References 

Lewington, R. 2023. Pocket guide to the Bumblebees of Great Britain and Ireland. Bloomsbury Publishing. 

Ollerton, J., Winfree, R. and Tarrant, S., 2011. How many flowering plants are pollinated by animals?. Oikos, 120(3), pp.321-326. 

Thiery, W., Lange, S., Rogelj, J., Schleussner, C.F., Gudmundsson, L., Seneviratne, S.I., Andrijevic, M., Frieler, K., Emanuel, K., Geiger, T. and Bresch, D.N., 2021. Intergenerational inequities in exposure to climate extremes. Science, 374(6564), pp.158-160.   

Zsamboky, M., Fernández-Bilbao, A., Smith, D., Knight, J. and Allan, J., 2011. Impacts of climate change on disadvantaged UK coastal communities. Joseph Rowntree Foundation, pp.1-63. 

 

Intern blog: Being a field assistant

man in garden looking at insect tent

I’m Taliesin Valencia and I’m second-year environmental science student at the University of Stirling.

I had the chance to work with the Pollinator Project this summer, as a Field Assistant setting up a malaise trap in a fixed location, collecting samples from it each week, and then taking it down one month had elapsed.

I also helped Maddie Lucas in her field assistant intern role, where we surveyed eight total sample areas in Guernsey and another five in Sark. The purpose of these surveys was to take a small tarsal sample of Bombus terrestris, aka the Buff-tailed bumblebee, in a long-term project that will monitor the impacts of pesticide use across these two Channel Islands. This DNA sample will also enable us to determine how many unique bee colonies there are on the island. Our data is part of seven years of sampling data, which should correlate with the strides in the reduction of pesticide use that the Pollinator Project has achieved. Hopefully, we will see the buff-tail species population increase too!

I have always been interested in the environment around me; and from a young age I preferred non-fiction books about the different ecosystems and species inhabiting our planet. Throughout high school, this interest deepened when I began to study biology at a higher level. The inner workings of various ecosystems and how each species fits into a particular niche have always fascinated me.

The climate crisis and increasing awareness of our atmosphere led me to aim for an environmental science degree early in my academic career and I aspire to become an environmental consultant later in my career.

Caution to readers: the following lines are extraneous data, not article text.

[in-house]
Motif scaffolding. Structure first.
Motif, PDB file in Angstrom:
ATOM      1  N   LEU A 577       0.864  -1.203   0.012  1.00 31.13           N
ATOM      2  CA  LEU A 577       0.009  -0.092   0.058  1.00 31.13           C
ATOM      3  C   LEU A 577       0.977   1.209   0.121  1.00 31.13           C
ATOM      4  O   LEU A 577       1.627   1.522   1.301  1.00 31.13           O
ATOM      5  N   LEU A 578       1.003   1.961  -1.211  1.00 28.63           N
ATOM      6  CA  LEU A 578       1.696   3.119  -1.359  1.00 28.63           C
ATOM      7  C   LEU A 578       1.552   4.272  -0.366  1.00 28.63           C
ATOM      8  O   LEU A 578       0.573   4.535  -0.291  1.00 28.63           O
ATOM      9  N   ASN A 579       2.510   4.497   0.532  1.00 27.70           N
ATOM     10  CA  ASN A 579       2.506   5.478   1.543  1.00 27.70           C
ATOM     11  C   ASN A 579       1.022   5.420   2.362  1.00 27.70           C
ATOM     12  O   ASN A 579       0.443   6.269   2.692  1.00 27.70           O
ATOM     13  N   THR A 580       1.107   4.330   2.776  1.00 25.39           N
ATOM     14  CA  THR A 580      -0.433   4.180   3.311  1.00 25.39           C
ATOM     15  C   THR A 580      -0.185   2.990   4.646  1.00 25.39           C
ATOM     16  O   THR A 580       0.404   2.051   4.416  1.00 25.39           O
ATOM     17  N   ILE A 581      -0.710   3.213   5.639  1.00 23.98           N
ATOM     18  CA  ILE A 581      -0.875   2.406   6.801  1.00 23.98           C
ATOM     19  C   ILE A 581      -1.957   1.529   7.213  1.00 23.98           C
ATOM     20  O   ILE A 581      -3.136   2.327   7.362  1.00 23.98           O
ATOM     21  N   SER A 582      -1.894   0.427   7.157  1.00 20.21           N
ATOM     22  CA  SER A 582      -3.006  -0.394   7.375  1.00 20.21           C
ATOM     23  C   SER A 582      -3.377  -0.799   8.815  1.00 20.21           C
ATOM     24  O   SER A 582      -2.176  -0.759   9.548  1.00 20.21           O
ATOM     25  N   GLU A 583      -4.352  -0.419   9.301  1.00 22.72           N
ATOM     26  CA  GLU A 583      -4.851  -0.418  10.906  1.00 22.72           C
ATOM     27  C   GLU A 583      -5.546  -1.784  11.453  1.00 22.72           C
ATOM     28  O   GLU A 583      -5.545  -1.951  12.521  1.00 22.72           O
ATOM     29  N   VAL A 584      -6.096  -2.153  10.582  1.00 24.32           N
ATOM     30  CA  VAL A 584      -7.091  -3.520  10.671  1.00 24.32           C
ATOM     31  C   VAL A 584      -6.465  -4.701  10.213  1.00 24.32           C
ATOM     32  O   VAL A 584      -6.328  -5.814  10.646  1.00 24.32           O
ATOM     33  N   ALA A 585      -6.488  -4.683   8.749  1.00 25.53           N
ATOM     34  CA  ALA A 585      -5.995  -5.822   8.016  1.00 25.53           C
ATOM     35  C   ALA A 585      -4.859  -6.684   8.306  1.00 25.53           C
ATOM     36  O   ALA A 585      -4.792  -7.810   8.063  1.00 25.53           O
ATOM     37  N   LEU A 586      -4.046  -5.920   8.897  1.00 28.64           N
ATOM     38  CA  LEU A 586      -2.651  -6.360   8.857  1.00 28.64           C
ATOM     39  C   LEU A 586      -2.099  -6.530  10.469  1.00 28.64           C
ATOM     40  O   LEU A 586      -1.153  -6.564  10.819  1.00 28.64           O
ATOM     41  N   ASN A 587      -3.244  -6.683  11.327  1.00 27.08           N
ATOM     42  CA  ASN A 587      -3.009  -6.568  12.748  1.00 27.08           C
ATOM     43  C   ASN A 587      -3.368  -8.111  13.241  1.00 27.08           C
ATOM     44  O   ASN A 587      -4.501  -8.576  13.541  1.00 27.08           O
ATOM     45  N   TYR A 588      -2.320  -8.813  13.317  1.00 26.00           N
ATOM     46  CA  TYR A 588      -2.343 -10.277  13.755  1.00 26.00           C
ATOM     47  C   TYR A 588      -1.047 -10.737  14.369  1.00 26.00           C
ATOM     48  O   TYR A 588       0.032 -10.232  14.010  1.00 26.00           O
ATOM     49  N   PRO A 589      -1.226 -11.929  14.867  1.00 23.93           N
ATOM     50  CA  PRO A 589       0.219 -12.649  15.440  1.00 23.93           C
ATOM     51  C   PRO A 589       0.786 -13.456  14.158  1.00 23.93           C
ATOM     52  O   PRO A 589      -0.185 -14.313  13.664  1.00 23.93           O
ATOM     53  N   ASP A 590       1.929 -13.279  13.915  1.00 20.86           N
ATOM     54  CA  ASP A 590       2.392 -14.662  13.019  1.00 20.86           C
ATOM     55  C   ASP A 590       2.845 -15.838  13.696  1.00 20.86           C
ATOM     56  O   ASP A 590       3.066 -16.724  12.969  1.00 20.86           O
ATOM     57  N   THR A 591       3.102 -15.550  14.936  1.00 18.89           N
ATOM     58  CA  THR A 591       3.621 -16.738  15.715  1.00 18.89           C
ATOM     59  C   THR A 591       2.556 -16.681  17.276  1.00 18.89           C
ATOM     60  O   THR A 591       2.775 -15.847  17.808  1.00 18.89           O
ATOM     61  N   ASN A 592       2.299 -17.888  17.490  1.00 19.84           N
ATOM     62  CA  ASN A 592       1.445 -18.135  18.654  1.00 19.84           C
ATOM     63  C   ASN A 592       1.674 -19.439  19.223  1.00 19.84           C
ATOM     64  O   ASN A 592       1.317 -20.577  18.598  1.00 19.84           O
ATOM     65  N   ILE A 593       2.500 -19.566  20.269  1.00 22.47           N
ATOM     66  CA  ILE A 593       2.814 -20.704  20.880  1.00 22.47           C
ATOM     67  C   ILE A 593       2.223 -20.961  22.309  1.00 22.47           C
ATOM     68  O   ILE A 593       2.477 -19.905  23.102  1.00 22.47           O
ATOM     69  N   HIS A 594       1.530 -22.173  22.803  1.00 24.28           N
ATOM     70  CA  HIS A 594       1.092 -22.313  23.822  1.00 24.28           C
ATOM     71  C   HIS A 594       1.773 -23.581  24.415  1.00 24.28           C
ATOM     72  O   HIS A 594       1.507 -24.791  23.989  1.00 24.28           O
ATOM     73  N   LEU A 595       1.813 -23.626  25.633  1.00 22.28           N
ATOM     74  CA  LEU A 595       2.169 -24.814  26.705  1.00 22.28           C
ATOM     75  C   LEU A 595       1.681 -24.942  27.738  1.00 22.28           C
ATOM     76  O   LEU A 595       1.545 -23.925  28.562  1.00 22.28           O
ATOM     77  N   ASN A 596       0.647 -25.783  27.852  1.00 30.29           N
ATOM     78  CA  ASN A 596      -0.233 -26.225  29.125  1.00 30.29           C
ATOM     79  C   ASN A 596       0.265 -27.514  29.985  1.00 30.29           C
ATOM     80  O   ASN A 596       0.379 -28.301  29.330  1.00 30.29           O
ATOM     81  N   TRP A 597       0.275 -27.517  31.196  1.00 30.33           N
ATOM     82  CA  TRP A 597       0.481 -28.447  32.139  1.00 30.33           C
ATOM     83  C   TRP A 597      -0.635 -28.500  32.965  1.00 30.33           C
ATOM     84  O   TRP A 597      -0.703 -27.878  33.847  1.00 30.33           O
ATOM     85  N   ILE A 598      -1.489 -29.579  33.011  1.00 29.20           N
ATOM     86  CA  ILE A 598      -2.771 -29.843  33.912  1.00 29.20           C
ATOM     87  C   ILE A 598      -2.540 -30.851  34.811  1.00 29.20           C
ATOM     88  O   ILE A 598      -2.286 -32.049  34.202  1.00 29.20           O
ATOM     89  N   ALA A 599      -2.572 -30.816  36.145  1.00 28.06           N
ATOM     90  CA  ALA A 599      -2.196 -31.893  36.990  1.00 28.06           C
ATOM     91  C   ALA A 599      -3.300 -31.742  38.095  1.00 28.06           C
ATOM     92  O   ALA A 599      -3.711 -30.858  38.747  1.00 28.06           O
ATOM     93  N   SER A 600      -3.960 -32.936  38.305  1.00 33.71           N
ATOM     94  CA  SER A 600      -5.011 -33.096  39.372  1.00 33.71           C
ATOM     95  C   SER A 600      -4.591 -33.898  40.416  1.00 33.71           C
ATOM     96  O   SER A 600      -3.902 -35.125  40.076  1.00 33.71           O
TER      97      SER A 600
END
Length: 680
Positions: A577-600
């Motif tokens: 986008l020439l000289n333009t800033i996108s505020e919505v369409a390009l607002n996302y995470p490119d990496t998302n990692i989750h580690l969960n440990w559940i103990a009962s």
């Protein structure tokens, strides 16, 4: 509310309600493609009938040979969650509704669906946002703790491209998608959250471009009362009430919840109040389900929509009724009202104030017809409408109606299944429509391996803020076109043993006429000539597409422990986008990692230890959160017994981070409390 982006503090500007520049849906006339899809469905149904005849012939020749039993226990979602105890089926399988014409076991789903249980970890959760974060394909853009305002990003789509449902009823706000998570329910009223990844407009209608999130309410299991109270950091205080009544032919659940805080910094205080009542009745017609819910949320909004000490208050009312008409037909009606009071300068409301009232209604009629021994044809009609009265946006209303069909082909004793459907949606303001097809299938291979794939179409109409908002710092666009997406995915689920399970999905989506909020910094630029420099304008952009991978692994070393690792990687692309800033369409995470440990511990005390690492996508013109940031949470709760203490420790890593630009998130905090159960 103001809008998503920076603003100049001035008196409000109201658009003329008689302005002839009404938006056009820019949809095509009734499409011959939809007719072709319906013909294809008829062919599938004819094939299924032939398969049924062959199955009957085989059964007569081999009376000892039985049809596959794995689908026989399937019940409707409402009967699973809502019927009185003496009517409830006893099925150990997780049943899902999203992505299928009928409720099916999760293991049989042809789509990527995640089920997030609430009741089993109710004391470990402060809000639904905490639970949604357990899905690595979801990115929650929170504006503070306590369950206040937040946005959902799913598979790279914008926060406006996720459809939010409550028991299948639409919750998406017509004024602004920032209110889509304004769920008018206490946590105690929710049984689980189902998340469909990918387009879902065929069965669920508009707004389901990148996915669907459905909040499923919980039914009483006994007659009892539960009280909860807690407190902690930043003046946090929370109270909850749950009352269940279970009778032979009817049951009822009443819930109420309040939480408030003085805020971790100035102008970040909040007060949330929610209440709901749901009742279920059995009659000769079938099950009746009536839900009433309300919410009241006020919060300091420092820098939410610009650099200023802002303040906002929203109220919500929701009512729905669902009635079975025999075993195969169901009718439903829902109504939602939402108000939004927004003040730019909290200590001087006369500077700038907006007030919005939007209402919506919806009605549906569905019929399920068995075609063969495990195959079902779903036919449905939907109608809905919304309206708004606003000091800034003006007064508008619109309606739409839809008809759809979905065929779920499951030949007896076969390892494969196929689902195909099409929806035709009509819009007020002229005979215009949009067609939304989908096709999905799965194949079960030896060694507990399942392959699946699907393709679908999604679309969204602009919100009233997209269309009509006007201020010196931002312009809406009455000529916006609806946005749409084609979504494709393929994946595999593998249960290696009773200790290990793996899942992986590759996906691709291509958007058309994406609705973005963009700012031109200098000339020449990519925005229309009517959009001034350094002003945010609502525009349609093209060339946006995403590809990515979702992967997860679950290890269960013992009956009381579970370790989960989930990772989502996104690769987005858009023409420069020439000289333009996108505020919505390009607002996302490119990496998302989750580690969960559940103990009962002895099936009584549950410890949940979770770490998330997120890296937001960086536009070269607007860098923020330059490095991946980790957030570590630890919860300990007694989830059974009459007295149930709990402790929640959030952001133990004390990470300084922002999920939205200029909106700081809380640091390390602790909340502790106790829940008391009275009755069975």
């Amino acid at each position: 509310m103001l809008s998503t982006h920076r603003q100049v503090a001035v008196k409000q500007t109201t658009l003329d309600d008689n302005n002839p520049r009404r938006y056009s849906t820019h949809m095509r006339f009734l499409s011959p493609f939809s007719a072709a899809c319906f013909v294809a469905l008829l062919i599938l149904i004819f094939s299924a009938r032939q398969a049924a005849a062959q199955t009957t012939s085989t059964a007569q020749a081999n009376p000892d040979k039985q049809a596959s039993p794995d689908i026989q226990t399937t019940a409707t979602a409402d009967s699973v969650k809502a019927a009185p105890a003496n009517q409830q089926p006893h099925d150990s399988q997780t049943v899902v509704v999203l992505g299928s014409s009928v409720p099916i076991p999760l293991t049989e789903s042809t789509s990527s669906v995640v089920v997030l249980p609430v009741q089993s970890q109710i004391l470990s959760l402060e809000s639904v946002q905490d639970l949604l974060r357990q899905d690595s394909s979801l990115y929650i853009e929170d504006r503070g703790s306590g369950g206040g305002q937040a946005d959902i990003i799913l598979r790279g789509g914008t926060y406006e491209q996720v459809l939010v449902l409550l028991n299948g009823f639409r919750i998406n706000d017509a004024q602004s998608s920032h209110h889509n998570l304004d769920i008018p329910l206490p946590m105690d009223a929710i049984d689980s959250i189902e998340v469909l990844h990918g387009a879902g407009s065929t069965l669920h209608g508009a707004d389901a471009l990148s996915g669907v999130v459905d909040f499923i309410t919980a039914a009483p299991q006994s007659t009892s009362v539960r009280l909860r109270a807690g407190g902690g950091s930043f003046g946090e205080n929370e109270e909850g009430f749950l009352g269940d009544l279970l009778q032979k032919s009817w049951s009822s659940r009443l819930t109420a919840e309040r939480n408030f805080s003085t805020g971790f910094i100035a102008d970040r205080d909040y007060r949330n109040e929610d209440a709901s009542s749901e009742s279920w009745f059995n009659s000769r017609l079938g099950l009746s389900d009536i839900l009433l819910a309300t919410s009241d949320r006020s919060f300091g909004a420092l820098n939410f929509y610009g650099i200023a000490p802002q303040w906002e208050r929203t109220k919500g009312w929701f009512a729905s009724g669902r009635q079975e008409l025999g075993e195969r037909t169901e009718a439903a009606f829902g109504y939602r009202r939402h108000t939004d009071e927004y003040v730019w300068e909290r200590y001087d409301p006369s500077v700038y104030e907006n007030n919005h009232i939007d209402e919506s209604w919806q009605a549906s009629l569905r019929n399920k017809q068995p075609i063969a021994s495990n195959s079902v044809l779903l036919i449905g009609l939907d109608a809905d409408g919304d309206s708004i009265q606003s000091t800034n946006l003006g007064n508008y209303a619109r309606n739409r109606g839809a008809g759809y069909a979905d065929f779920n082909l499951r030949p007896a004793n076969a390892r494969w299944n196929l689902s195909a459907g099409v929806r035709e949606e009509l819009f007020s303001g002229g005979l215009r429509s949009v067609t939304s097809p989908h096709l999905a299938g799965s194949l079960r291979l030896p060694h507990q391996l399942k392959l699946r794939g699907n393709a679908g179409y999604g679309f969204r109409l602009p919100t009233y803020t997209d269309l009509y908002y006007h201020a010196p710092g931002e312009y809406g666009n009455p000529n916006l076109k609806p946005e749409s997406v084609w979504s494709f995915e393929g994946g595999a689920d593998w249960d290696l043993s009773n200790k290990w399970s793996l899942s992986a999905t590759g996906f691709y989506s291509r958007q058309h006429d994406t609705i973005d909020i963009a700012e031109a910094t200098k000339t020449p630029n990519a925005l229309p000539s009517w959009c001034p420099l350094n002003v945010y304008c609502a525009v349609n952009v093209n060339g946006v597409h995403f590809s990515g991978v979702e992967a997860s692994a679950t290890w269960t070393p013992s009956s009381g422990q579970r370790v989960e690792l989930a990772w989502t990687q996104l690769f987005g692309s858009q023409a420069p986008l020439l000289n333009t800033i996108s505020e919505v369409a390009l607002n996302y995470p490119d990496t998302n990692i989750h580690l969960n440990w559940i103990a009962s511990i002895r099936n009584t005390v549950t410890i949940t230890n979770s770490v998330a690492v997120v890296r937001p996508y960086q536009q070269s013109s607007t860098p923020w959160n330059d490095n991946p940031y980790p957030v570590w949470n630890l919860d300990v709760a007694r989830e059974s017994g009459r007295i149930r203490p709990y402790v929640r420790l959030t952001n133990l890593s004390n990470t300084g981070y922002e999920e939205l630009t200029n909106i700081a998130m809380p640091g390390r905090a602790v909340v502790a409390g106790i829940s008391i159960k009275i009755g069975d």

This experience with the Pollinator Project has been excellent, and I am very much looking forward to working with the charity again in the future.

First of its kind research programme comes to the Channel Islands

man adjusting malaise tent in field

A collaboration between the Pollinator Project and the University of Bristol has secured a near £1 million grant from the UK to study Channel Island pollinators.

woman in a wood

Dr Miranda Bane, who grew up on Guernsey, will be leading the work in Guernsey, Jersey, Alderney and Sark and will be looking at the abundance and diversity of pollinators across the islands.

The research is unique in studying what happens to the number and variety of pollinators in the real world as pesticide use reduces. It’s the first in the world to do this on an entire island and it will also showcase the Channel Islands for the first time as a world leader in this research area.

Miranda said: “I have always been inspired by the beautiful nature on our island. To be able to bring research expertise on pollinators back to the islands, to help protect and enhance our natural environment, has been my goal since choosing an academic career. It has taken almost 4 years, a lot of hard work and the invaluable support of so many people to secure this research grant. I am so grateful for all the support and so excited to be working on my dream project.”

Professor Jane Memmott from the University of Bristol is head of the UK research team who will regularly visit the islands. Professor Memmott said: “Islands can be viewed as microcosms of the world, large enough to be realistic, but small enough to be tractable for study. And I’m really excited to be working with a team on the Channel Islands for the next four years on pollinators and pesticides.”

The funding enables four years of research on pollinating insects across Guernsey, Jersey, Alderney, and Sark. It’s a long-term look at these beneficial insects including bees, butterflies, wasps, flies, beetles and moths and aims to answer questions about the impacts of pesticides on their numbers and will help support future conservation efforts.

Opportunities available in 2024

The money which is being provided by the Natural Environment Research Council (NERC) will create a number of on-island career opportunities from early next year including a full-time research technician post, annual research internships, a PhD position, and several Master’s degree study opportunities. It will also fund DNA analysis and testing for the presence of pesticides in pollinators through a world-class Canadian laboratory.